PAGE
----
Microsoft to Buy Activision-Blizzard
Back in the day, video game makers earned their money a quarter at a time, through coin slots at arcades in malls across America. How times have changed.
On Tuesday, Microsoft agreed to pay $70 billion in cash for gaming giant Activision Blizzard, asserting its weight in a highly competitive market that generated $155 billion in revenue in 2020 — more than the music and movie industries combined.
Microsoft is no stranger to gaming: since 2001, its Xbox consoles have gone head-to-head with Sony’s Playstation line in a battle of the hardware titans. But a market that once depended on the purchase of physical cartridges and discs is transitioning to streaming subscription services, just as music and television have. As a result, owning top notch content is becoming as important as producing top notch consoles.
That’s where Activision, which at $68.7 billion would be the biggest acquisition Microsoft has ever made, comes in. The merger would bring a stable of blockbuster games to Microsoft’s Xbox Game Pass streaming service, if it’s approved:
- Activision’s library includes “World of Warcraft,” “Call of Duty,” “Candy Crush,” and “Doom,” four wildly popular franchises to join Microsoft’s “Minecraft” and “Halo” series which have together made more than $10 billion.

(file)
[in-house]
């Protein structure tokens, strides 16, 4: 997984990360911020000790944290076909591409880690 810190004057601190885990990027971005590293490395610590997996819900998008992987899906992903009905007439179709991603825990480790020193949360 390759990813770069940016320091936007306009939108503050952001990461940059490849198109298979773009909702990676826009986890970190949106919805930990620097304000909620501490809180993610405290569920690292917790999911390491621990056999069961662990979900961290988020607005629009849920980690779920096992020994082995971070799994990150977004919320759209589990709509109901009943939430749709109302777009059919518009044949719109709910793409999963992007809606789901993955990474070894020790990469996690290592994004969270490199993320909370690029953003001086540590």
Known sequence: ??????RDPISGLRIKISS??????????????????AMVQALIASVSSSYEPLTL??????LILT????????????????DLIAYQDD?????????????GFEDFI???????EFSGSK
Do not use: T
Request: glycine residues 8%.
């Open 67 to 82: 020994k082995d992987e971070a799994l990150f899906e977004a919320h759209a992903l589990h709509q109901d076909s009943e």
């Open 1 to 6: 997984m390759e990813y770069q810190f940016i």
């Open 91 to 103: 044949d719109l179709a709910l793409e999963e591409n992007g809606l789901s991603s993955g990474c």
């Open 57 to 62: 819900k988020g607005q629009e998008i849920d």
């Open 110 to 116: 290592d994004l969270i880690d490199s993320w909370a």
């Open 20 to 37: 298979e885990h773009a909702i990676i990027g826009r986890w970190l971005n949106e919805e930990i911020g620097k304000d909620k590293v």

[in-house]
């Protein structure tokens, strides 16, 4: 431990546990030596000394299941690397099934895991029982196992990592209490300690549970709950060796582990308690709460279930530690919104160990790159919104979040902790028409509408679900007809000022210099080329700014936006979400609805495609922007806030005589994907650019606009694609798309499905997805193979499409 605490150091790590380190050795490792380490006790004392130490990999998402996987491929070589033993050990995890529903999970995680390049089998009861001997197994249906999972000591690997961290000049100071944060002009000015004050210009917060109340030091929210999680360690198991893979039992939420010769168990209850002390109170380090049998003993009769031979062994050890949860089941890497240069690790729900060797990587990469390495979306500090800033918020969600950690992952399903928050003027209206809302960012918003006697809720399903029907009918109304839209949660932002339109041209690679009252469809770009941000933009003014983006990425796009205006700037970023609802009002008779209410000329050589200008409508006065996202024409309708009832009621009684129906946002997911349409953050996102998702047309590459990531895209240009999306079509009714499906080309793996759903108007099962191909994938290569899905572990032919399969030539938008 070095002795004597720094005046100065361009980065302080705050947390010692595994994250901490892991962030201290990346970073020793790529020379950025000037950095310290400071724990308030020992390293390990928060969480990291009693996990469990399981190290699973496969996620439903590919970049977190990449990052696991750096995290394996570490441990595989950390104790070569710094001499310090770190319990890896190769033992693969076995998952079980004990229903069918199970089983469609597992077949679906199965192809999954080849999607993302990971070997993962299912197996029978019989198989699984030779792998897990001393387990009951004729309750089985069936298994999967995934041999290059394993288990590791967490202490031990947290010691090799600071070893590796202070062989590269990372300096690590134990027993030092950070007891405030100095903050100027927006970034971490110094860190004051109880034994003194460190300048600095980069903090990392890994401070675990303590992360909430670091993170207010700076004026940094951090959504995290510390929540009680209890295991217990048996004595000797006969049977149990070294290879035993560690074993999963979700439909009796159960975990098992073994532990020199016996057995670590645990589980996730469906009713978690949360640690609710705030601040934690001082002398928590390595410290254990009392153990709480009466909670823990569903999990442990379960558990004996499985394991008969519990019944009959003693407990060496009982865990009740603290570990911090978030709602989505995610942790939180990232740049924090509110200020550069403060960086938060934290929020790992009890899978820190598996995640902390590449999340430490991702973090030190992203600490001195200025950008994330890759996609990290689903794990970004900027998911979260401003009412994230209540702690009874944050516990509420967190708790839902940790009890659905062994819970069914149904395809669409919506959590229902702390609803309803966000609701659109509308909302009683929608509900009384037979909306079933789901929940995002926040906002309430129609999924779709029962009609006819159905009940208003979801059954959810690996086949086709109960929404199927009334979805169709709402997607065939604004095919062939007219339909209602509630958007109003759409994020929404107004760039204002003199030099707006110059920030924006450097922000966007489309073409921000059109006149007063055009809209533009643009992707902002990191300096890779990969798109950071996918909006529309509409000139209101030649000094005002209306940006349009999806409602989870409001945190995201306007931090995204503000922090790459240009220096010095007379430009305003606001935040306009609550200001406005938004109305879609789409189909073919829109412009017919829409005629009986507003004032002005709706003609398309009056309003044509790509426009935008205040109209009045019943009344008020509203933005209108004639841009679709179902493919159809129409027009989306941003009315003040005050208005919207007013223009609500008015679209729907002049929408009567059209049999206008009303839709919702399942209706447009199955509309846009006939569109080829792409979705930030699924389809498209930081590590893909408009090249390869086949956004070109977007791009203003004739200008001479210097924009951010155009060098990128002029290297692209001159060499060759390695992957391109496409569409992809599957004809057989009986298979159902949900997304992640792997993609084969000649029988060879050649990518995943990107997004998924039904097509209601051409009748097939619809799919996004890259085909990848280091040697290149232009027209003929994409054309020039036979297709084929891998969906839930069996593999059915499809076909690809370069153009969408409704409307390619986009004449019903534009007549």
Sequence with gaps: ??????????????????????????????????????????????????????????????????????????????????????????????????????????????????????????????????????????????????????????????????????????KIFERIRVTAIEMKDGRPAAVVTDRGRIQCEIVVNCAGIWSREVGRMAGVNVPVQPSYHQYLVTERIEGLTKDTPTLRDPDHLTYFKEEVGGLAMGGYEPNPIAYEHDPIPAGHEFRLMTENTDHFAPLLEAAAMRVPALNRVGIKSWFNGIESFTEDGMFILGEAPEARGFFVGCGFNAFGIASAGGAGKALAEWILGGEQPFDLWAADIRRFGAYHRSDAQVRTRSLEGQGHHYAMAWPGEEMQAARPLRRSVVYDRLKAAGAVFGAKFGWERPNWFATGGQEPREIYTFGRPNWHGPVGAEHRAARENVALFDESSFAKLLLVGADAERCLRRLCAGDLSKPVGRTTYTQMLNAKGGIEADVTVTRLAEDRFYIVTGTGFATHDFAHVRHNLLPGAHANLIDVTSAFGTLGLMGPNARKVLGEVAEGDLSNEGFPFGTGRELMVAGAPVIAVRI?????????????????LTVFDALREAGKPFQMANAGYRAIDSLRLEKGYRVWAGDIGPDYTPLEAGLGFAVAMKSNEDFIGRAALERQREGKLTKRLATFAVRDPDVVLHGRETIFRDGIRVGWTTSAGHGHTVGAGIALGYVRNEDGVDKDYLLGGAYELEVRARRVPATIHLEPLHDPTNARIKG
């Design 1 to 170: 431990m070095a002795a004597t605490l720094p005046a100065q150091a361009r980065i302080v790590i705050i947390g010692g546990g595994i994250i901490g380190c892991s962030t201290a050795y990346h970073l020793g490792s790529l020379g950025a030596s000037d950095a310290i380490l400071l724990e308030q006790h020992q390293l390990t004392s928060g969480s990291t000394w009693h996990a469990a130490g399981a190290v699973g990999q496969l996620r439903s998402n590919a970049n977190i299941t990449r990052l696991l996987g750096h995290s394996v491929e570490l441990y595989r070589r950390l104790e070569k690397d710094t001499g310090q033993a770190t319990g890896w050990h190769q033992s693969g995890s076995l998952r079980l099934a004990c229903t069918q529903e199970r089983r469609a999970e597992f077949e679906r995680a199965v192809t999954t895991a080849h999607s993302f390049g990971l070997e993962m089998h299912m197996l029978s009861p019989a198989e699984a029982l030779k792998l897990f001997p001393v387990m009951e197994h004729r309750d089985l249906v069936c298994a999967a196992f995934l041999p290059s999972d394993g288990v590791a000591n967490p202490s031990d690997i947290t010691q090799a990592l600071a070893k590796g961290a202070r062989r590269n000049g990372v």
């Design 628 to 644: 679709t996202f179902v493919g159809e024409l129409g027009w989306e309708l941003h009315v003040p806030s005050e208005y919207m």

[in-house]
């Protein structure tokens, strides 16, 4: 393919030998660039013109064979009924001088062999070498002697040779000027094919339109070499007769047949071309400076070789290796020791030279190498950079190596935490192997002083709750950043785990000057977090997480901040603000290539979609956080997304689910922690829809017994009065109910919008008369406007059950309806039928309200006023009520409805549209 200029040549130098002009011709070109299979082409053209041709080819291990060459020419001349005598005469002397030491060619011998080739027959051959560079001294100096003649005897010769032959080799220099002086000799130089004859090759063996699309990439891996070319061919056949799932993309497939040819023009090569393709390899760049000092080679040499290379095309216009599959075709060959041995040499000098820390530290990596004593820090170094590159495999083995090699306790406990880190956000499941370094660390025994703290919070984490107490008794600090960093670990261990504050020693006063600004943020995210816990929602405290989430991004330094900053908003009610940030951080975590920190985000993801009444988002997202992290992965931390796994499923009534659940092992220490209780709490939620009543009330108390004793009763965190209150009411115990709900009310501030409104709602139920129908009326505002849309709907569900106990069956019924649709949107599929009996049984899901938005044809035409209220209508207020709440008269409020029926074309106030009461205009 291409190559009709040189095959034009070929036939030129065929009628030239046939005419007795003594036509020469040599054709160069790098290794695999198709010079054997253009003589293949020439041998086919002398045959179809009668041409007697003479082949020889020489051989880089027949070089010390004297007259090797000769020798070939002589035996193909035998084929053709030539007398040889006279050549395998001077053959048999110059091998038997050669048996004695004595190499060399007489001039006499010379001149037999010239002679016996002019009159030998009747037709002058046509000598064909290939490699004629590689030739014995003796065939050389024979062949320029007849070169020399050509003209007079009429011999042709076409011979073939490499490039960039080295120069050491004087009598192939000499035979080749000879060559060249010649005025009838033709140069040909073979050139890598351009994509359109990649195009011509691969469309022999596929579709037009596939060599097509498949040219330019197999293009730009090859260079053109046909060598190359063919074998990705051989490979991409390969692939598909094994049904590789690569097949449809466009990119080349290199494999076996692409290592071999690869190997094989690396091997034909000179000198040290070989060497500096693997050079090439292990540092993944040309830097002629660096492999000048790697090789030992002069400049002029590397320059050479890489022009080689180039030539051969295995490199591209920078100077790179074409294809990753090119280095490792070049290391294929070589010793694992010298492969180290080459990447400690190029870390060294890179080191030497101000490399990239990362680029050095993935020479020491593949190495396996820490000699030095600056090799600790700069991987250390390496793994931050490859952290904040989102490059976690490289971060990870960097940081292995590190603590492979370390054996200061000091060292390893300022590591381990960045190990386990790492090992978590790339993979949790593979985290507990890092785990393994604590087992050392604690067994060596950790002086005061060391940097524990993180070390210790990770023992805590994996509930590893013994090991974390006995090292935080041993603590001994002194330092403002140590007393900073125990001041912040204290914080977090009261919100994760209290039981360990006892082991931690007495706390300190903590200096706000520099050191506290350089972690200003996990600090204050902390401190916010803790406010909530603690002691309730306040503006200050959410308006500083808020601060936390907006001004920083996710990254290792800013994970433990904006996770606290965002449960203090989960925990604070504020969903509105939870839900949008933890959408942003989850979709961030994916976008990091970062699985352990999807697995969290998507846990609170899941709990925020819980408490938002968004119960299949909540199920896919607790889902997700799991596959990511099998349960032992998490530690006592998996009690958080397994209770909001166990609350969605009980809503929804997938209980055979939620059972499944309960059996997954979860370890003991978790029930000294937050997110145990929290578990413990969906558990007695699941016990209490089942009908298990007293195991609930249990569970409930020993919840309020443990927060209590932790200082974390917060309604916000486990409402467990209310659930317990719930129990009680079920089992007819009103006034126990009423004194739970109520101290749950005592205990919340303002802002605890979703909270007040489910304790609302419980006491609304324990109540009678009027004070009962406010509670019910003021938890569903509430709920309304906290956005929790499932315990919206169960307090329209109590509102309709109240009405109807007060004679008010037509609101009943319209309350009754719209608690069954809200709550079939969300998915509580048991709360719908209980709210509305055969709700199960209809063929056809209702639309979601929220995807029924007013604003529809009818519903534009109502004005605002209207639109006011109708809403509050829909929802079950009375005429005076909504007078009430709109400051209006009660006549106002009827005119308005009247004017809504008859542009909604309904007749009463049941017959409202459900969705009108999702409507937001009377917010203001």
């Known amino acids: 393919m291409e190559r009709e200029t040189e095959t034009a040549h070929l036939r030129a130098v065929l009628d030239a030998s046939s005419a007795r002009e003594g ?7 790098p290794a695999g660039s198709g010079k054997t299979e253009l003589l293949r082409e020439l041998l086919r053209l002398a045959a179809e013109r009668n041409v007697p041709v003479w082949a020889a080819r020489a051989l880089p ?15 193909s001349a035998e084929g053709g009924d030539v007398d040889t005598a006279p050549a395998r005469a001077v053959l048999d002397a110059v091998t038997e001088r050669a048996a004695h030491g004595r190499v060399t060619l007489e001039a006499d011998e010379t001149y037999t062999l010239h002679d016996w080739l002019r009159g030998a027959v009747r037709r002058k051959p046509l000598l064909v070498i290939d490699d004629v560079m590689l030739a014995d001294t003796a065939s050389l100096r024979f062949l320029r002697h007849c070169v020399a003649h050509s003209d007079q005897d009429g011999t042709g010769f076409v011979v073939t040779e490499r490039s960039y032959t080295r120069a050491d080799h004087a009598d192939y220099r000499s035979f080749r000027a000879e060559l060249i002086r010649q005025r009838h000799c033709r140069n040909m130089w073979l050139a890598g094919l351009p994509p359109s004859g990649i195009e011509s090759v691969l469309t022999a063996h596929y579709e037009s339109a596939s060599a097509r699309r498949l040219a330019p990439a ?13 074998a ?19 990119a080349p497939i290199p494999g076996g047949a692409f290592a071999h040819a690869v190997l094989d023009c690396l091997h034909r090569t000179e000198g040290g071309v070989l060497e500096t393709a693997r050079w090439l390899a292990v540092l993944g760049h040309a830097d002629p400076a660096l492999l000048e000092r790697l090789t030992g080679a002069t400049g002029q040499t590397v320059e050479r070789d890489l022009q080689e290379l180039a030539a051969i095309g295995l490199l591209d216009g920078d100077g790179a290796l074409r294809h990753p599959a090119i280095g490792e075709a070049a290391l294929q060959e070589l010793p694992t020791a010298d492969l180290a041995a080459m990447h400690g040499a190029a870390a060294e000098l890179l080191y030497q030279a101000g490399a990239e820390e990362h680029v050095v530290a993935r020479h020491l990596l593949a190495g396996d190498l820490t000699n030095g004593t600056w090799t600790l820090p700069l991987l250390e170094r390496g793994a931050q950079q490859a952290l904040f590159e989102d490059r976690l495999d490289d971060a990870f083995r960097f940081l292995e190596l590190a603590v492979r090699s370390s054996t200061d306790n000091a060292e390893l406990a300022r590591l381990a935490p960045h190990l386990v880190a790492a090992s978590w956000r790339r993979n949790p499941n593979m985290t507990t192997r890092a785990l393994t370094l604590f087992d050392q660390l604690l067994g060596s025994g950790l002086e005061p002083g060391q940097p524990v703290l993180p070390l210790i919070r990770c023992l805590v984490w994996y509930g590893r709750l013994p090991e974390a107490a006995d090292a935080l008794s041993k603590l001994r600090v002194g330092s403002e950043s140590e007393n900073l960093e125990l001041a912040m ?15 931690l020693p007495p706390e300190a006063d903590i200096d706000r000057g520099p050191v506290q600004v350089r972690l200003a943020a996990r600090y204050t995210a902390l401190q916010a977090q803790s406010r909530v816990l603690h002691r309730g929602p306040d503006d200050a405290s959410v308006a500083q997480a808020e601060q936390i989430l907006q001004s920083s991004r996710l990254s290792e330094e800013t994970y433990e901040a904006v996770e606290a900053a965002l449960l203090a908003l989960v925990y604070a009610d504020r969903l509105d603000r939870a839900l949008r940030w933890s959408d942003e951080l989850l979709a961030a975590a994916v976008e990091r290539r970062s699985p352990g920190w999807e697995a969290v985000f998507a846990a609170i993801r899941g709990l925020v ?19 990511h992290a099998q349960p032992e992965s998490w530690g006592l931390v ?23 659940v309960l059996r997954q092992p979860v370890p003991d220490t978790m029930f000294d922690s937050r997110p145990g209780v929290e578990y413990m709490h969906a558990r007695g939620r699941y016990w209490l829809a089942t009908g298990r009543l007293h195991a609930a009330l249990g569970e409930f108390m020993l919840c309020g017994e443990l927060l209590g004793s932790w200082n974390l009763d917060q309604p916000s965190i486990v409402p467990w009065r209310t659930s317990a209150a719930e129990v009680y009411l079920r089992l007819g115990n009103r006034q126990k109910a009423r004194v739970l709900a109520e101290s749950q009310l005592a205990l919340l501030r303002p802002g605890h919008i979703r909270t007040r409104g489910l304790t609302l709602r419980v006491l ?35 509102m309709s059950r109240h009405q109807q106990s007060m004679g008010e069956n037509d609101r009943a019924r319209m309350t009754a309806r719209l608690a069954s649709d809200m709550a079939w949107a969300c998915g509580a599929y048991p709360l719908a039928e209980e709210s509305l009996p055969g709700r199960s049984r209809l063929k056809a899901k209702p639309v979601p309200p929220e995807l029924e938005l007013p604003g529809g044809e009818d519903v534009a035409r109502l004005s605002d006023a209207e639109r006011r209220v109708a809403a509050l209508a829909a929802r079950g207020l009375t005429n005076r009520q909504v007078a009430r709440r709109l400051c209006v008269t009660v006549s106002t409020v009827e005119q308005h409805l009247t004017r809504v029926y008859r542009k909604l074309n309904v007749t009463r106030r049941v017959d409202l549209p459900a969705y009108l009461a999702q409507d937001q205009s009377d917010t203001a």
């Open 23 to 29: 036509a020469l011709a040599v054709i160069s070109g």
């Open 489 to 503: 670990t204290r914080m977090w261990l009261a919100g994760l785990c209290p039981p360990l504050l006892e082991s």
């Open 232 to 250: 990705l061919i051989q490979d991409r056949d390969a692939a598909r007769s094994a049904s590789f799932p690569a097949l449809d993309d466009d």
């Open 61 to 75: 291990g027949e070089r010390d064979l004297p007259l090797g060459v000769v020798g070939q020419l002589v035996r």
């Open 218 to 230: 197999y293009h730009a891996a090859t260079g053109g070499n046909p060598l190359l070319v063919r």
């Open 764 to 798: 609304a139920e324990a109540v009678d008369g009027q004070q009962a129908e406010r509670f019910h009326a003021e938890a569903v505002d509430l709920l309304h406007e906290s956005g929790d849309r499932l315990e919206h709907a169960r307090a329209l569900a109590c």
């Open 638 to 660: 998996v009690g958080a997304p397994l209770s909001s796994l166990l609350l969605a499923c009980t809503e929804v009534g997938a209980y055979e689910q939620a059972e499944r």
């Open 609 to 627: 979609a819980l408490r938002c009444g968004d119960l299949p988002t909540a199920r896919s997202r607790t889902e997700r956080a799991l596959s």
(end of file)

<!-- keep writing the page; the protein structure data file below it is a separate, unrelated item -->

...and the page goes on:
- The scrutiny of Washington regulators — no doubt aware the deal would create the third-largest gaming company in the world, behind Tencent and Sony — could result in a long approval process, and Microsoft doesn’t expect the deal to close until 2023.
Bargain Bin: Activision has been dogged in recent months by a California government lawsuit alleging gender pay disparity and sexual harassment, something the SEC is also probing. While that means Microsoft may inherit cleaning up to do, it also may be getting a bargain: Activision shares have fallen 30% since the suit was filed in July.
Pay to Playstation: Activision games will remain on other platforms… for now. Microsoft pledged Tuesday to support all platforms on which Activision games are available. But if past is prologue, new releases from Activism brands could be exclusive to Microsoft’s Xbox and PC platforms.